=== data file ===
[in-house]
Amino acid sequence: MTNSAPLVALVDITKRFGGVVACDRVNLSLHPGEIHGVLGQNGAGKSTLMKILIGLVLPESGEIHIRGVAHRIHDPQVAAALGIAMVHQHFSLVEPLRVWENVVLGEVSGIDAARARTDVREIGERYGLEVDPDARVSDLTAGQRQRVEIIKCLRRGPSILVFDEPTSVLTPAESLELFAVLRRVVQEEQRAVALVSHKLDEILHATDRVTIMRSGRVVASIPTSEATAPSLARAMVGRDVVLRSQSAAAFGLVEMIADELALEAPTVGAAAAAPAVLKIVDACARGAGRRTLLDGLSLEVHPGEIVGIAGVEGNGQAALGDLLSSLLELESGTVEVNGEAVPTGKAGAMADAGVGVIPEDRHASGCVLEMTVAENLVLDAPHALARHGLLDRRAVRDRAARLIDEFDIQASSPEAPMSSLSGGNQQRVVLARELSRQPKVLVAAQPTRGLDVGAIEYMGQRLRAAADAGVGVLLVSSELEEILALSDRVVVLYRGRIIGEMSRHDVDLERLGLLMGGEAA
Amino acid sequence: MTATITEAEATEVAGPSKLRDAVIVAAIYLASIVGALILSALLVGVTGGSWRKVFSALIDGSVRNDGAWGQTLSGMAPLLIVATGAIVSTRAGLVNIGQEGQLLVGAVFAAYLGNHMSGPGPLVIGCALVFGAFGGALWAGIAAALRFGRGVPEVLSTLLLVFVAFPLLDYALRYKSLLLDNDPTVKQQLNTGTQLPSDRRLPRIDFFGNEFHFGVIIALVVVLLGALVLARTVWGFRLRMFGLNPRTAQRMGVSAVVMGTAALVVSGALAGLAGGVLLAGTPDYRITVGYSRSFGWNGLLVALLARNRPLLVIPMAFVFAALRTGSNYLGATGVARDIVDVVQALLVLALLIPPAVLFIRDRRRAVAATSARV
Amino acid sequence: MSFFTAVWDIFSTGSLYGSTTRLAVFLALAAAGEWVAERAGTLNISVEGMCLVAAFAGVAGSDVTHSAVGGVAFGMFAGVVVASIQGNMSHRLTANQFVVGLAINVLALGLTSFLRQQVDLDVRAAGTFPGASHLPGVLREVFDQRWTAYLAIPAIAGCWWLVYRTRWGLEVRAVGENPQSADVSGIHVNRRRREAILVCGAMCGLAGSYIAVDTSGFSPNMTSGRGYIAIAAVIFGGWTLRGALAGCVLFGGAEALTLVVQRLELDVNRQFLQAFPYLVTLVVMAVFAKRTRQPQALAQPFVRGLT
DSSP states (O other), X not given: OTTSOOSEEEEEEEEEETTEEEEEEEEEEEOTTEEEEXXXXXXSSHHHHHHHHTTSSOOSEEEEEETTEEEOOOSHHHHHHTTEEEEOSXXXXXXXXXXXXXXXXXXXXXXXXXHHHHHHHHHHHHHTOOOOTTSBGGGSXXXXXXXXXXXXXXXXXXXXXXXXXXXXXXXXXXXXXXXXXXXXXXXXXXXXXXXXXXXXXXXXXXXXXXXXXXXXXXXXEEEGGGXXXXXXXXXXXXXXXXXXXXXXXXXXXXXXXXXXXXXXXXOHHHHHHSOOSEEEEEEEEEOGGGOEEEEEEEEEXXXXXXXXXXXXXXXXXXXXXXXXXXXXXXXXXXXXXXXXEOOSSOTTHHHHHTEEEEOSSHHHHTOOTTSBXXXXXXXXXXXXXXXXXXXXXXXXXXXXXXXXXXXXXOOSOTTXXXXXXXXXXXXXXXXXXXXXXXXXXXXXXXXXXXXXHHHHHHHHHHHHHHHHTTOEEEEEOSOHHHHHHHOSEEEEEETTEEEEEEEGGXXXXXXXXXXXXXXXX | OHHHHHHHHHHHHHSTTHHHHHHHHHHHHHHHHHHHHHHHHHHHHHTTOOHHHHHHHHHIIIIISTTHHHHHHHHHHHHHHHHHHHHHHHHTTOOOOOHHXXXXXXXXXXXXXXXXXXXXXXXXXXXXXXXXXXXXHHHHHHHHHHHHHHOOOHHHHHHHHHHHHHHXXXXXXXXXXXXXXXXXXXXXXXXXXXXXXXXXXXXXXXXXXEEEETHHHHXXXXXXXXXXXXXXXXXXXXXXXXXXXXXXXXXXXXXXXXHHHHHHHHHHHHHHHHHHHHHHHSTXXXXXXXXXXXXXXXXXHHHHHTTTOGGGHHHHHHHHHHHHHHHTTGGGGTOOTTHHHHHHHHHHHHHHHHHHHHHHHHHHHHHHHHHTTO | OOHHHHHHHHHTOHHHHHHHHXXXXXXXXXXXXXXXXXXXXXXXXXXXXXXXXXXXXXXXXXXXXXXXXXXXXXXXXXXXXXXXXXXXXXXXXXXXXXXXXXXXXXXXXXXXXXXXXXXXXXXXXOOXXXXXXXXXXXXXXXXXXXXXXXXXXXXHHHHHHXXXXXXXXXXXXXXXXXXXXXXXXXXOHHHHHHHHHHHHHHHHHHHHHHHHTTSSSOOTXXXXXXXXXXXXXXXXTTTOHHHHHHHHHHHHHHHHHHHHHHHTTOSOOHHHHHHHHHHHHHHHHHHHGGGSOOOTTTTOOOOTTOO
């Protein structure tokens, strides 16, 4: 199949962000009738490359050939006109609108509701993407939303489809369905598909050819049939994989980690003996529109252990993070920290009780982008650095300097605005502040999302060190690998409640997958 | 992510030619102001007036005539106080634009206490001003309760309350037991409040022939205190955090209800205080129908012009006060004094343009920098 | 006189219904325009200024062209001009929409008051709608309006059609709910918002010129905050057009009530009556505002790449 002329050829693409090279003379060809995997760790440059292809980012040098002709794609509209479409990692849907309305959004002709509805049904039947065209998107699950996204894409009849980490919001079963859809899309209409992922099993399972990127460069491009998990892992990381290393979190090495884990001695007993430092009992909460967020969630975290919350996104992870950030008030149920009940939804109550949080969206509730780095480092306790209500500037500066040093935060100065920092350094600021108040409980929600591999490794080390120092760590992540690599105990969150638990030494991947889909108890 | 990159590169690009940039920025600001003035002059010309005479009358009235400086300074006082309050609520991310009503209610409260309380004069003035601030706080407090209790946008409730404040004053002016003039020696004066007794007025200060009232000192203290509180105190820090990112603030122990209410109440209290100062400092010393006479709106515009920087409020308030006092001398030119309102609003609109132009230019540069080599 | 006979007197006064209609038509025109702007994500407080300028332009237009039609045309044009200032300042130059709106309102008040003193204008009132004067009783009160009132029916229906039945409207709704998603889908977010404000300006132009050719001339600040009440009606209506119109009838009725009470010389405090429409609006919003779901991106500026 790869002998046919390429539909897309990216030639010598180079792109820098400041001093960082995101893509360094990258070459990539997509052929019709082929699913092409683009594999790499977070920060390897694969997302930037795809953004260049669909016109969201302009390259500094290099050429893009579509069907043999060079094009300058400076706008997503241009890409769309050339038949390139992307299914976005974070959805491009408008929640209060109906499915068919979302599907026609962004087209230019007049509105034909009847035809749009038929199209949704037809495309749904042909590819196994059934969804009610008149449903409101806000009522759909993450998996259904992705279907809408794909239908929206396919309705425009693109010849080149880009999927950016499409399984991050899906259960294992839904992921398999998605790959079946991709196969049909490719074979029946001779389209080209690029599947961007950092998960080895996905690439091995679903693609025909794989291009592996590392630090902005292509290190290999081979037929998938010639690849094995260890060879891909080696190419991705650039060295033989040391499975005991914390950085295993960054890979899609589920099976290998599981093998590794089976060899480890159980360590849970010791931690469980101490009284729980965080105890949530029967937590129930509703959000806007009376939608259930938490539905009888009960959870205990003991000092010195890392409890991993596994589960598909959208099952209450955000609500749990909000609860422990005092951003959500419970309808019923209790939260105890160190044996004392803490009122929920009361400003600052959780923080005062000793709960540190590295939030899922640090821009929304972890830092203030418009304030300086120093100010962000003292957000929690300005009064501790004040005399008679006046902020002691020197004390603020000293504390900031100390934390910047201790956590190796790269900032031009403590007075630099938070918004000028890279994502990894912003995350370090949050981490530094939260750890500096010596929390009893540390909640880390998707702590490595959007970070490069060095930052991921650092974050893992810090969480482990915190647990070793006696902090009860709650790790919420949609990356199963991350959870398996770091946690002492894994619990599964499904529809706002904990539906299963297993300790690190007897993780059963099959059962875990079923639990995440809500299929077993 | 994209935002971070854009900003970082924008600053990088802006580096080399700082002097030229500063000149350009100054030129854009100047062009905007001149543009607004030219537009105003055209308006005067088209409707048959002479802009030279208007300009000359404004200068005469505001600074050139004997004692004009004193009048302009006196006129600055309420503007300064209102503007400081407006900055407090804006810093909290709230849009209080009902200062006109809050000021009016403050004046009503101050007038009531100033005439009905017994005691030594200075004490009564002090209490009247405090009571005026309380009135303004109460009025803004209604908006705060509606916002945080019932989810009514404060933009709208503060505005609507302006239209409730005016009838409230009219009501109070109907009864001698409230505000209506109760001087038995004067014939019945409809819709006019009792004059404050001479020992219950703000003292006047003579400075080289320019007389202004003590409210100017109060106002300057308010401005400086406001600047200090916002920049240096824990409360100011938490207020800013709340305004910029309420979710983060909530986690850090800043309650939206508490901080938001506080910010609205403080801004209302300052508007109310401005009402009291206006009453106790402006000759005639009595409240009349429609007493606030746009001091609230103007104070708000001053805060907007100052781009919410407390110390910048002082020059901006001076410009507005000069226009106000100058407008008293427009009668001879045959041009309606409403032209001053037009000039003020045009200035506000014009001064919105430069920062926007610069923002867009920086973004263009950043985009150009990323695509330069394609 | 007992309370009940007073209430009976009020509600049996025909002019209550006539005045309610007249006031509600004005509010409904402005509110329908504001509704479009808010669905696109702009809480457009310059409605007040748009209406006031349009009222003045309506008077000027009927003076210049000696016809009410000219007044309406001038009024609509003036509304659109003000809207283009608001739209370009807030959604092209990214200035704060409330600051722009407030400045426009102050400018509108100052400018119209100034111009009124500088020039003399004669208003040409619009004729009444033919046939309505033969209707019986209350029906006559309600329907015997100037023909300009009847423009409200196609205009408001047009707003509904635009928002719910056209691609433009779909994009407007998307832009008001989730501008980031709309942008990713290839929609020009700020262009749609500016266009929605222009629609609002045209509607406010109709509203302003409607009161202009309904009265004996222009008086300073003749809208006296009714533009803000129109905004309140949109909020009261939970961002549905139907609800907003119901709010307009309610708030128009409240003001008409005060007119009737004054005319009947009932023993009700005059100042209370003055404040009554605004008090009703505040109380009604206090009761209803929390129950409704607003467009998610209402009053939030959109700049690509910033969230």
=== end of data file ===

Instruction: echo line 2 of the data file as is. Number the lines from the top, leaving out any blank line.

Amino acid sequence: MTNSAPLVALVDITKRFGGVVACDRVNLSLHPGEIHGVLGQNGAGKSTLMKILIGLVLPESGEIHIRGVAHRIHDPQVAAALGIAMVHQHFSLVEPLRVWENVVLGEVSGIDAARARTDVREIGERYGLEVDPDARVSDLTAGQRQRVEIIKCLRRGPSILVFDEPTSVLTPAESLELFAVLRRVVQEEQRAVALVSHKLDEILHATDRVTIMRSGRVVASIPTSEATAPSLARAMVGRDVVLRSQSAAAFGLVEMIADELALEAPTVGAAAAAPAVLKIVDACARGAGRRTLLDGLSLEVHPGEIVGIAGVEGNGQAALGDLLSSLLELESGTVEVNGEAVPTGKAGAMADAGVGVIPEDRHASGCVLEMTVAENLVLDAPHALARHGLLDRRAVRDRAARLIDEFDIQASSPEAPMSSLSGGNQQRVVLARELSRQPKVLVAAQPTRGLDVGAIEYMGQRLRAAADAGVGVLLVSSELEEILALSDRVVVLYRGRIIGEMSRHDVDLERLGLLMGGEAA